This article is the second in a series of articles featuring the leaders of the Association of Women in Agriculture Benefit Corporation, with the first published in the Dec. 20 issue. The organization’s mission is to advance the education of women in agriculture. The organization also supports the student chapter of the Association of Women in Agriculture at the University of Wisconsin-Madison.
Kristin Olson serves as the association’s vice-president. She also recently became membership-support and education coordinator for Cooperative Network in Madison, Wisconsin. There she’s responsible for membership services, communication and educational programming.
Olson has more than eight years of experience in agricultural communications, marketing and media relations. Most recently she served as media-relations manager for World Dairy Expo. As the 66th Alice in Dairyland, Olson traveled the state as an ambassador for Wisconsin agriculture. She also was a dairy-advertising coordinator at Accelerated Genetics.
Olson was raised on a dairy farm near Fond du Lac, Wisconsin. Her parents, Tim and Barb Natzke, raised show cattle. Olson was a member of the Wonder Workers 4-H club in Fond du Lac and the Clover Leaves 4-H club in Lomira, Wisconsin. She also was a member of the Campbellsport FFA and participated in the Wisconsin FFA Chorus. She showed dairy cattle at the Dodge County Fair and World Dairy Expo. She also participated in dairy-judging teams and was a member of the Wisconsin Junior Holstein Association.
While pursuing a degree in life-sciences communication from the University of Wisconsin-Madison, Olson was a member of the Association of Women in Agriculture, the Badger Dairy Club and the National Agri-Marketing Association. And she was a member of the UW-Madison dairy-judging team.
“I wanted to be involved in the dairy industry and those experiences helped pave the way for the role I’m in now,” Olson said.
After graduating from UW-Madison in 2010, Olson worked at Accelerated Genetics as a dairy-advertising coordinator. She then served in 2013 as Alice in Dairyland, Wisconsin’s agriculture ambassador. Alice in Dairyland is a one-year full-time public-relationship professional employed by the Wisconsin Department of Agriculture, Trade and Consumer Protection. Each year Alice in Dairyland travels throughout Wisconsin, promoting the state’s agricultural products. Olson said the experience submerged her into Wisconsin’s diverse agriculture. It also helped her develop skills of working with the media. If she didn’t work in the agriculture industry she would likely pursue broadcast journalism, she said.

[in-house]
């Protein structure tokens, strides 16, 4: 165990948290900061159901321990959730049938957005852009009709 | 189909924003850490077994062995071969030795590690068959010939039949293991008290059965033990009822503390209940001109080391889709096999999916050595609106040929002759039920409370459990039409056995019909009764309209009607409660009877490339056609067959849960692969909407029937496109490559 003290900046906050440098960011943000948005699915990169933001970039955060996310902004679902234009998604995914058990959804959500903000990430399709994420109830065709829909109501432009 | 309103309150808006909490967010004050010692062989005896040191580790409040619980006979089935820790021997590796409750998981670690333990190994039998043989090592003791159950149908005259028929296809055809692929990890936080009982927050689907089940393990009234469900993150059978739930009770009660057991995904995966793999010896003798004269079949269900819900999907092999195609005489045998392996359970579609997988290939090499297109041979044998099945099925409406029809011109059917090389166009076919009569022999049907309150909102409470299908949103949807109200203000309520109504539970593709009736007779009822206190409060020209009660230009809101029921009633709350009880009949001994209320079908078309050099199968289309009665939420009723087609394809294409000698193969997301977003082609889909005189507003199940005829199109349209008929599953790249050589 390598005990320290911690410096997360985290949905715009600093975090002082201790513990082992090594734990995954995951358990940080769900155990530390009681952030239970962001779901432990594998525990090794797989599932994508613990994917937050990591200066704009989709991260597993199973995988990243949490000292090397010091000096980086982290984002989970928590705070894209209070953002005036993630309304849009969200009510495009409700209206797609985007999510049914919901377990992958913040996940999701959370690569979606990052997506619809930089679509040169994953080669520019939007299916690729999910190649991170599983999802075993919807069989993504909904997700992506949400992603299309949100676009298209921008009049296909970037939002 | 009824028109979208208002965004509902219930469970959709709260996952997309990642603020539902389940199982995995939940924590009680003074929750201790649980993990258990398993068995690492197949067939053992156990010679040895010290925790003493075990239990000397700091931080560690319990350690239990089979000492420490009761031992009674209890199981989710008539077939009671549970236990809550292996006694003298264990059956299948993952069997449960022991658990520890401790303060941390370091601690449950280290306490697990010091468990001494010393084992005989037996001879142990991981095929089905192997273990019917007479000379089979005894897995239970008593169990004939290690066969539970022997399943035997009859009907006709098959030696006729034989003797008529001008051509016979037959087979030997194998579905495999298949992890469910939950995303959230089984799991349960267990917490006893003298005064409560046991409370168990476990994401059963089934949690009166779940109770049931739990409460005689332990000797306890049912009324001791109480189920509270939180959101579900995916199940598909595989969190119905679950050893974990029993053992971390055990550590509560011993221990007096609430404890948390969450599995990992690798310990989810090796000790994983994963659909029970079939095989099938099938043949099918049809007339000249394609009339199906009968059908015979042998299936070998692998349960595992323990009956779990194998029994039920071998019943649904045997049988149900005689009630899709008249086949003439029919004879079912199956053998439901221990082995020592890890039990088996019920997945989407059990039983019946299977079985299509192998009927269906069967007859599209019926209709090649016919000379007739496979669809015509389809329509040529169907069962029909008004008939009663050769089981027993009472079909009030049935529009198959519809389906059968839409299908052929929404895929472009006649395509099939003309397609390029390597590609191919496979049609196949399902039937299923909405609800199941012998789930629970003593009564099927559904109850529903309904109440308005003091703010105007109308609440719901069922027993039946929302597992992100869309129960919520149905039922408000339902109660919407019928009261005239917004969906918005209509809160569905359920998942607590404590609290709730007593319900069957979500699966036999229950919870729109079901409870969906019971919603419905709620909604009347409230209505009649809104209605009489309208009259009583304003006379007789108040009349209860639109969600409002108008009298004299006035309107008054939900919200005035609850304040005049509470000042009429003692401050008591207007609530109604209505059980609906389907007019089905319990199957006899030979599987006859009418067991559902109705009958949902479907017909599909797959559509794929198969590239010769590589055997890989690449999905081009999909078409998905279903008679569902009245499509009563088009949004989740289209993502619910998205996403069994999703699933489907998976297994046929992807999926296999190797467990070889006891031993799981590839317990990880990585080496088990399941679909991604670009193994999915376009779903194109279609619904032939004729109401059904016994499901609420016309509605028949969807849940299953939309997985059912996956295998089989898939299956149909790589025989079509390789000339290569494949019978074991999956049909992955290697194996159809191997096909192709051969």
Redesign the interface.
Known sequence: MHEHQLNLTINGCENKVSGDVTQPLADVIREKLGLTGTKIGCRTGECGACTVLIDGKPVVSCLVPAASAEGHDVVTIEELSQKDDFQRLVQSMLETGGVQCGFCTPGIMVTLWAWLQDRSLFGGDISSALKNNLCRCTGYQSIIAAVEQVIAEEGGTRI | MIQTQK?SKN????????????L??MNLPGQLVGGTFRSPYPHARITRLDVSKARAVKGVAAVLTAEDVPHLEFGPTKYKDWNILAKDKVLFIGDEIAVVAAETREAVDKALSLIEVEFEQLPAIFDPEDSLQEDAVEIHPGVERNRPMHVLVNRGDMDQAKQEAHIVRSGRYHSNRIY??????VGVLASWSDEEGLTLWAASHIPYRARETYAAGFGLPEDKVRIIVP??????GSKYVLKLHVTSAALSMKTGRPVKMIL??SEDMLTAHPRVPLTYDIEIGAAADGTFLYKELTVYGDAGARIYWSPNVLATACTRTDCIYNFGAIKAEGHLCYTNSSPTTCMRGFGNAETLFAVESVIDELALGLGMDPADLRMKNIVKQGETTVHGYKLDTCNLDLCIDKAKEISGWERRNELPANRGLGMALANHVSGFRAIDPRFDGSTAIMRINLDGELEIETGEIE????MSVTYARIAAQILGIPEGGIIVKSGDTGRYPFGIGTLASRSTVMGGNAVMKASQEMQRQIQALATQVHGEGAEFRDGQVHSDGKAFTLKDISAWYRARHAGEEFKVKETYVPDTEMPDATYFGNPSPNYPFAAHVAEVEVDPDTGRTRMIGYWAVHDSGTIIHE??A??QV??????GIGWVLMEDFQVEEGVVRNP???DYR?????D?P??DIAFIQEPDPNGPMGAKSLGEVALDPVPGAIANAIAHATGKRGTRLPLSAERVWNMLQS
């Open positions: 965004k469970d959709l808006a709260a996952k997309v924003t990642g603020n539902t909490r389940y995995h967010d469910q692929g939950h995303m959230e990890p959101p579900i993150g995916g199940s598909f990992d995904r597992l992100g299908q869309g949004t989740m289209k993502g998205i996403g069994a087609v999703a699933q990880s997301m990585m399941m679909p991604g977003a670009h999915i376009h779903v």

“I like telling people stories and helping to connect communities in different ways,” she said.
Olson used her communications skills as a freelance communications specialist after serving as Alice in Dairyland. She provided writing, social-media planning and graphic-design services before becoming media-relations manager for World Dairy Expo in late 2015. She worked with World Dairy Expo before joining Cooperative Network in September 2018. She also volunteers as a co-coordinator of the Dane County Breakfast on the Farm.
As an officer of the Association of Women in Agriculture Benefits Corporation, Olson works with other officers and members to support young women in the student chapter. The organization helps to fund housing for 24 student-members on the UW-Madison campus. It also provides a number of scholarships working in cooperation with foundations and memorials.
“We also host several professional-development and networking events,” Olson said. “Being a member of the association is a great way to connect with members of different generations and from different walks of life. I enjoy getting to know members better and hearing their stories, and how things have changed within the college of agriculture.”
Today is a good time for young people to become involved in agriculture as it continues to evolve and rapidly change, Olson said. Her advice to other young women in agriculture is to use their networks for support.
“The Association of Women in Agriculture enables women to support each other and lift each other up, even in difficult times,” she said.
Lynn Grooms writes about the diversity of agriculture, including the industry’s newest ideas, research and technologies as a staff reporter for Agri-View based in Wisconsin. Email firstname.lastname@example.org to contact her.